In the realm of calorie-counting, getting a delicious meal in at under 300 calories that's actually filling (and not air) may sound like a challenge. The key to a satiating low-calorie meal is the balance of macronutrients. According to dietician Amy Shapiro, "The goal is to keep your blood sugar stable and therefore you may not feel full on a 300 calorie breakfast but you will feel satisfied. If you eat 300 calories of a bagel you'll be starving in an hour but 300 calories with oatmeal, nut butter, berries, and flax seeds will keep you going for hours."
So what should we be whipping up in the morning to keep us going all day? To start the morning off on a healthy, nutritious note, we've got all the expert-backed meal ideas below. Keep scrolling to meet your new breakfast!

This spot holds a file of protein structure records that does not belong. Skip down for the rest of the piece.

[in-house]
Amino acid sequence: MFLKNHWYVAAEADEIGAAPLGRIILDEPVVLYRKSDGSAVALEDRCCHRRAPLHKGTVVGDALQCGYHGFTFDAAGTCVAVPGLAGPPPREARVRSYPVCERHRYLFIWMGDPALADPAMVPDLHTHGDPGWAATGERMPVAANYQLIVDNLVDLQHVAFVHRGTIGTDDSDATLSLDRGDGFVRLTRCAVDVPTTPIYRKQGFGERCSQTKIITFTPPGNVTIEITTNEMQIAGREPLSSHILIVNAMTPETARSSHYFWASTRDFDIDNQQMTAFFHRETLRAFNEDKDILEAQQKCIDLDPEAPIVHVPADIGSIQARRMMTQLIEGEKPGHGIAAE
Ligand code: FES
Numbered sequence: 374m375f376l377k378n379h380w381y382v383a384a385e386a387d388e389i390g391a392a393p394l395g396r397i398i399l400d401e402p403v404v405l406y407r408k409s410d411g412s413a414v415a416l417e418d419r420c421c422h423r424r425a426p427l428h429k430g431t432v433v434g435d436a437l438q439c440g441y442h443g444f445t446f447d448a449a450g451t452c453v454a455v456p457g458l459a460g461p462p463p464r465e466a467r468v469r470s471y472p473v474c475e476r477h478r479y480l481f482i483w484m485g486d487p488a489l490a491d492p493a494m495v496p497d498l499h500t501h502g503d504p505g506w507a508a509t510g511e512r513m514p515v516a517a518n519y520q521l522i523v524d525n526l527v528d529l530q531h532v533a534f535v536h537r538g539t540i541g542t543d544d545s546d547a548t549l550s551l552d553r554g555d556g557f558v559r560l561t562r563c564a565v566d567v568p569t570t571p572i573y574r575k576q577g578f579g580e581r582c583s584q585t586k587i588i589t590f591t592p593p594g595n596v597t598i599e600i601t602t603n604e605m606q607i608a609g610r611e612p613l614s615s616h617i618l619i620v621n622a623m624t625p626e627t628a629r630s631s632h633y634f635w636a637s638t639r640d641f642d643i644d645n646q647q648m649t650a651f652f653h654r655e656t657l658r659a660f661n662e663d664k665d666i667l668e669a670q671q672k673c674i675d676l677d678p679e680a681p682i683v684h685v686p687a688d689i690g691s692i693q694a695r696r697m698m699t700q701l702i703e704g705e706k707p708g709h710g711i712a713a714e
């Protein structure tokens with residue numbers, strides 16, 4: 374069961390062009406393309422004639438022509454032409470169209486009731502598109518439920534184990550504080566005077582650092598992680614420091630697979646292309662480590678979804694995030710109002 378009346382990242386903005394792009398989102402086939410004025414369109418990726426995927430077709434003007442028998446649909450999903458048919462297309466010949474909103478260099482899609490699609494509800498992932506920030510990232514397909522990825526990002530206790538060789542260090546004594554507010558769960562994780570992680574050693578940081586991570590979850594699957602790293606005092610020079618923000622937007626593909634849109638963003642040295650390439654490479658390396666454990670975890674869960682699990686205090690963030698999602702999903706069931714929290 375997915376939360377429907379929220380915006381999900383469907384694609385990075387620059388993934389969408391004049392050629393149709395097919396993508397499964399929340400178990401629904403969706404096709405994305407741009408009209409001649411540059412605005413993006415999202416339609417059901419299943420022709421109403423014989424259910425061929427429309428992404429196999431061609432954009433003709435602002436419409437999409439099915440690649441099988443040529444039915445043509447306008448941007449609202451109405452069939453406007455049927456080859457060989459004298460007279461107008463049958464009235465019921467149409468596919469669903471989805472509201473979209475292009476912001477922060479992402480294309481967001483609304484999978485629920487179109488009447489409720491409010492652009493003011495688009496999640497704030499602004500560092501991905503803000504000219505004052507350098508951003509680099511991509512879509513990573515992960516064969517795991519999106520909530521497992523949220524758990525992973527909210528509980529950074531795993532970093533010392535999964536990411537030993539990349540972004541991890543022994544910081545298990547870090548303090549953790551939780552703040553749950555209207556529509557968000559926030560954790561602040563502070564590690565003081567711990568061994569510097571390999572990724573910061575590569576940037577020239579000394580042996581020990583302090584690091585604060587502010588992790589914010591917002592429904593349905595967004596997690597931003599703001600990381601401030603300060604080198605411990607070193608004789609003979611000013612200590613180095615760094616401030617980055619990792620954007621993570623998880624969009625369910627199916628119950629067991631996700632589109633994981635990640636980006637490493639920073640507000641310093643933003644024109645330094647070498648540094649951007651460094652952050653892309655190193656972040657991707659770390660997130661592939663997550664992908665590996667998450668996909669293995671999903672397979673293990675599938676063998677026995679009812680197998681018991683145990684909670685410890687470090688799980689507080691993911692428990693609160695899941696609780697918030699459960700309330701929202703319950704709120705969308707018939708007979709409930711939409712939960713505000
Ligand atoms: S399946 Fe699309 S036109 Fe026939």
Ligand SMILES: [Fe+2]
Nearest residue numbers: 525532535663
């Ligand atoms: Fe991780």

Meet the Expert
Kimberly Snyder, CN, is a celebrity nutritionist, yoga teacher, spiritual and meditation leader, and founder of holistic wellness brand Solluna. She is a three-time New York Times best-selling author of five books and the host of the Feel Good Podcast.
Vegan Overnight Oats
For those who not exactly a morning person and can't be bothered to put together a meal, meet overnight oats. Prepared the night before, you need only grab it from the fridge with a spoon and you're all set. To make, stir a 1/2 cup of unsweetened coconut milk, 1/2 cup of oats, 1/2 a sliced or mashed banana, a 1/2 tablespoon of chia seeds, and 1 tablespoon of maple syrup in a jar. For a boost in protein, add a scoop of nut butter. Top with blueberries and keep covered in the fridge overnight. This recipe has 285 calories, 6 grams of protein, and 6 grams of fat.
Solluna Glowing Green Smoothie®